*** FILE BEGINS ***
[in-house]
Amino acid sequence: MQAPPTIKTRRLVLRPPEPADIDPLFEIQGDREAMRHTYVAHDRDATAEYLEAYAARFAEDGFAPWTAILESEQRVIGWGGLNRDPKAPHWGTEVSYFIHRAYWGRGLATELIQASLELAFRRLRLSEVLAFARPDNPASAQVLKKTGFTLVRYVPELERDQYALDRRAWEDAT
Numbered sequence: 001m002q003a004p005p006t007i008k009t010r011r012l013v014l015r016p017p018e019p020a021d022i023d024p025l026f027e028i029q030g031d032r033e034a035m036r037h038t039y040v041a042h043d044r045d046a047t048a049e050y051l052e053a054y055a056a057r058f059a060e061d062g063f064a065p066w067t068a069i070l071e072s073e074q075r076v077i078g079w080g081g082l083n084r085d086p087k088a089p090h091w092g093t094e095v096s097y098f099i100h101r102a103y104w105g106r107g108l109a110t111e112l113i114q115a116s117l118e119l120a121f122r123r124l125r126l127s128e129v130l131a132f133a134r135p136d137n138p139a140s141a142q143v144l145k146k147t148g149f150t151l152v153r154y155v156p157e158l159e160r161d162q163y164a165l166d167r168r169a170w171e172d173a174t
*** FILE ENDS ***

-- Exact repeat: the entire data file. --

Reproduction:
[in-house]
Amino acid sequence: MQAPPTIKTRRLVLRPPEPADIDPLFEIQGDREAMRHTYVAHDRDATAEYLEAYAARFAEDGFAPWTAILESEQRVIGWGGLNRDPKAPHWGTEVSYFIHRAYWGRGLATELIQASLELAFRRLRLSEVLAFARPDNPASAQVLKKTGFTLVRYVPELERDQYALDRRAWEDAT
Numbered sequence: 001m002q003a004p005p006t007i008k009t010r011r012l013v014l015r016p017p018e019p020a021d022i023d024p025l026f027e028i029q030g031d032r033e034a035m036r037h038t039y040v041a042h043d044r045d046a047t048a049e050y051l052e053a054y055a056a057r058f059a060e061d062g063f064a065p066w067t068a069i070l071e072s073e074q075r076v077i078g079w080g081g082l083n084r085d086p087k088a089p090h091w092g093t094e095v096s097y098f099i100h101r102a103y104w105g106r107g108l109a110t111e112l113i114q115a116s117l118e119l120a121f122r123r124l125r126l127s128e129v130l131a132f133a134r135p136d137n138p139a140s141a142q143v144l145k146k147t148g149f150t151l152v153r154y155v156p157e158l159e160r161d162q163y164a165l166d167r168r169a170w171e172d173a174t